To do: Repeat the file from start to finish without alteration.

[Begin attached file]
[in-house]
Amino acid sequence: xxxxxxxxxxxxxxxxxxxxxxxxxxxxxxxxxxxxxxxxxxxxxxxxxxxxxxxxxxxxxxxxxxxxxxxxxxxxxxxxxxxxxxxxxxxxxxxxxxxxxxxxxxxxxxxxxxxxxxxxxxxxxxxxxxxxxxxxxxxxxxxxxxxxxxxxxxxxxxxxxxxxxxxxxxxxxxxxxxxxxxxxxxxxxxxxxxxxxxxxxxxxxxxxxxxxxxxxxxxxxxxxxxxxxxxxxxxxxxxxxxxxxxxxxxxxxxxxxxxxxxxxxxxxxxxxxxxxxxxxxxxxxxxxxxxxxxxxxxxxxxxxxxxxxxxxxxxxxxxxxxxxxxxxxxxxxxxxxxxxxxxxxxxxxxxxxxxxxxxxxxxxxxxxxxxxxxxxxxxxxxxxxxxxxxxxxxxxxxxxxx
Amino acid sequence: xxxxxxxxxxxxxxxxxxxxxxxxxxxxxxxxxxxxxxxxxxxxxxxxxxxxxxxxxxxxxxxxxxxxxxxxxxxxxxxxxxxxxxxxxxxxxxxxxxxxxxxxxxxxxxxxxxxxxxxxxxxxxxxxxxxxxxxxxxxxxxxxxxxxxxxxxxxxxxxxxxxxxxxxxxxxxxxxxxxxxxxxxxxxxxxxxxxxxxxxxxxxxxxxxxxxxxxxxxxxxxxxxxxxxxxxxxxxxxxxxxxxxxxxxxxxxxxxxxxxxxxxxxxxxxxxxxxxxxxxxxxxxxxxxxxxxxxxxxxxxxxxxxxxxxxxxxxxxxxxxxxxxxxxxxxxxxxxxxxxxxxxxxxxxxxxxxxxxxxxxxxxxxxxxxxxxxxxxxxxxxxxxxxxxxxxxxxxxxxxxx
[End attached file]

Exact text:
[in-house]
Amino acid sequence: xxxxxxxxxxxxxxxxxxxxxxxxxxxxxxxxxxxxxxxxxxxxxxxxxxxxxxxxxxxxxxxxxxxxxxxxxxxxxxxxxxxxxxxxxxxxxxxxxxxxxxxxxxxxxxxxxxxxxxxxxxxxxxxxxxxxxxxxxxxxxxxxxxxxxxxxxxxxxxxxxxxxxxxxxxxxxxxxxxxxxxxxxxxxxxxxxxxxxxxxxxxxxxxxxxxxxxxxxxxxxxxxxxxxxxxxxxxxxxxxxxxxxxxxxxxxxxxxxxxxxxxxxxxxxxxxxxxxxxxxxxxxxxxxxxxxxxxxxxxxxxxxxxxxxxxxxxxxxxxxxxxxxxxxxxxxxxxxxxxxxxxxxxxxxxxxxxxxxxxxxxxxxxxxxxxxxxxxxxxxxxxxxxxxxxxxxxxxxxxxxx
Amino acid sequence: xxxxxxxxxxxxxxxxxxxxxxxxxxxxxxxxxxxxxxxxxxxxxxxxxxxxxxxxxxxxxxxxxxxxxxxxxxxxxxxxxxxxxxxxxxxxxxxxxxxxxxxxxxxxxxxxxxxxxxxxxxxxxxxxxxxxxxxxxxxxxxxxxxxxxxxxxxxxxxxxxxxxxxxxxxxxxxxxxxxxxxxxxxxxxxxxxxxxxxxxxxxxxxxxxxxxxxxxxxxxxxxxxxxxxxxxxxxxxxxxxxxxxxxxxxxxxxxxxxxxxxxxxxxxxxxxxxxxxxxxxxxxxxxxxxxxxxxxxxxxxxxxxxxxxxxxxxxxxxxxxxxxxxxxxxxxxxxxxxxxxxxxxxxxxxxxxxxxxxxxxxxxxxxxxxxxxxxxxxxxxxxxxxxxxxxxxxxxxxxxxx